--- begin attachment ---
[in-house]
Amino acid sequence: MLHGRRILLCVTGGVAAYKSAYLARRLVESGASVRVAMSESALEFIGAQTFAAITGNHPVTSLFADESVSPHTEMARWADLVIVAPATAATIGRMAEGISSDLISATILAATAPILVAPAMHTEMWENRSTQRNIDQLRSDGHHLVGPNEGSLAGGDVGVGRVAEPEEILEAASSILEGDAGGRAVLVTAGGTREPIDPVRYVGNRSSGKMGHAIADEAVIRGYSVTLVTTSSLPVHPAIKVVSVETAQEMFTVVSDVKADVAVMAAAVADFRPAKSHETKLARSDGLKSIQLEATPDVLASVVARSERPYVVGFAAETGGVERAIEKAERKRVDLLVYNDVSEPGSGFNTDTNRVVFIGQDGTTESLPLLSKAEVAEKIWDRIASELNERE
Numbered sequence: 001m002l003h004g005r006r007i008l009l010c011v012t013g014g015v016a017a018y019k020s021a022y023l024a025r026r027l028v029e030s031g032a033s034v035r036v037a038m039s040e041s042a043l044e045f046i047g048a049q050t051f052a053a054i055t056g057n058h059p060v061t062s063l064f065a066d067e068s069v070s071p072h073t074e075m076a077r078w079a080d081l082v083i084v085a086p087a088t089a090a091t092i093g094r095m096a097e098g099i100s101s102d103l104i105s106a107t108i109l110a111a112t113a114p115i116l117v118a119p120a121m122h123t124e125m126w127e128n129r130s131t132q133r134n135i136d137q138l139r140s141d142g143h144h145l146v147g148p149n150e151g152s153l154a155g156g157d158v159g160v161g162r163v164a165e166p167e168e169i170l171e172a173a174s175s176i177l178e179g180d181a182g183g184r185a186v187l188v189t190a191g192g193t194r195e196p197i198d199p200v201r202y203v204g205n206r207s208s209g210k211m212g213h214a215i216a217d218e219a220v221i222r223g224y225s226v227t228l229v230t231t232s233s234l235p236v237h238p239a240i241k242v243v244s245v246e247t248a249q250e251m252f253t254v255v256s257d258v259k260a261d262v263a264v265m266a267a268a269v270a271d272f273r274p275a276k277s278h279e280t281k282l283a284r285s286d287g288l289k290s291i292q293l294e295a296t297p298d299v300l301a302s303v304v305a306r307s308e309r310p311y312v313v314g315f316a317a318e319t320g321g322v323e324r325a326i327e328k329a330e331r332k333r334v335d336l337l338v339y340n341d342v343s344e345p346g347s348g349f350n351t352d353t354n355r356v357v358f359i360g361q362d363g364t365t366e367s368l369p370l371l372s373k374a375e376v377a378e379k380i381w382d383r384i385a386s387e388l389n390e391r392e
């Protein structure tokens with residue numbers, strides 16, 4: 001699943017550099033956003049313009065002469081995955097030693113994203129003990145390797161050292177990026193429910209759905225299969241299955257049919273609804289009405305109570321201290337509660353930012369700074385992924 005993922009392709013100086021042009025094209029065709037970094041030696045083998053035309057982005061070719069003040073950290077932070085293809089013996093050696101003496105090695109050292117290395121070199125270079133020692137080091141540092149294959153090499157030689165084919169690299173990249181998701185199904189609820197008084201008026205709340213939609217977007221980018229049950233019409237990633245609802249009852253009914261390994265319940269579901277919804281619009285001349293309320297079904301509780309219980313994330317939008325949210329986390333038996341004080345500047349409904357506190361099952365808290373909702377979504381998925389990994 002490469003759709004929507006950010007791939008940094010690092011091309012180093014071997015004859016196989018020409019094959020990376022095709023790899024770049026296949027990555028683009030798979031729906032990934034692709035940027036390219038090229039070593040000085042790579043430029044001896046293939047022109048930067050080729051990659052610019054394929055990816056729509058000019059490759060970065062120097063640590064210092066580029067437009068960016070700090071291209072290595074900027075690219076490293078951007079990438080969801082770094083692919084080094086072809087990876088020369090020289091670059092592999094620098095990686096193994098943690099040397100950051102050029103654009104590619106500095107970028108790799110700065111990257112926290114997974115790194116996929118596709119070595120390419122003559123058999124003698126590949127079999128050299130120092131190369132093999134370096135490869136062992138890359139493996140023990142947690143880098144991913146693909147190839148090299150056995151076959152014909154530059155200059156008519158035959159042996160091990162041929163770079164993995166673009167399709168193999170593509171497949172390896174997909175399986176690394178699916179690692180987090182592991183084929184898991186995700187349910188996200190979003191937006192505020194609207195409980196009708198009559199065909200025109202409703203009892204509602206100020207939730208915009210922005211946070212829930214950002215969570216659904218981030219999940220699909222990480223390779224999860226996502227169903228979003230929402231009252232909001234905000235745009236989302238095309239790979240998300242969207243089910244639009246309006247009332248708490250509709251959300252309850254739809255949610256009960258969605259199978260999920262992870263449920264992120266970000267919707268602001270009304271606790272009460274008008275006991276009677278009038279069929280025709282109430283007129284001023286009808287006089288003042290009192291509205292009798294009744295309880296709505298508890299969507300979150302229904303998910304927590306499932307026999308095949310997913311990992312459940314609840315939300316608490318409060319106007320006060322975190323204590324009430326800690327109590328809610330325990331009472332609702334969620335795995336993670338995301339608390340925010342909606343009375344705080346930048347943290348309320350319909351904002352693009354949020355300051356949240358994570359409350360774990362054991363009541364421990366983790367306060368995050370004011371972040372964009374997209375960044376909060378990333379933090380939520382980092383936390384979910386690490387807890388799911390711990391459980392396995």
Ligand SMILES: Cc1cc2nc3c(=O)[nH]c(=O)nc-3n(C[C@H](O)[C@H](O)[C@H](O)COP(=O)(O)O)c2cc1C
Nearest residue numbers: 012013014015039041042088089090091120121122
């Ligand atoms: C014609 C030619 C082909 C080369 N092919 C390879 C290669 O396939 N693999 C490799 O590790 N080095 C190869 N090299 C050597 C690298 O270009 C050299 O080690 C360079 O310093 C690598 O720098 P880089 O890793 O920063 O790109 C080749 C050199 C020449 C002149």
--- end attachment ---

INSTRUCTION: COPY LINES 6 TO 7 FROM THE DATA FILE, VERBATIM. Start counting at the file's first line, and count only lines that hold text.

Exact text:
Nearest residue numbers: 012013014015039041042088089090091120121122
């Ligand atoms: C014609 C030619 C082909 C080369 N092919 C390879 C290669 O396939 N693999 C490799 O590790 N080095 C190869 N090299 C050597 C690298 O270009 C050299 O080690 C360079 O310093 C690598 O720098 P880089 O890793 O920063 O790109 C080749 C050199 C020449 C002149």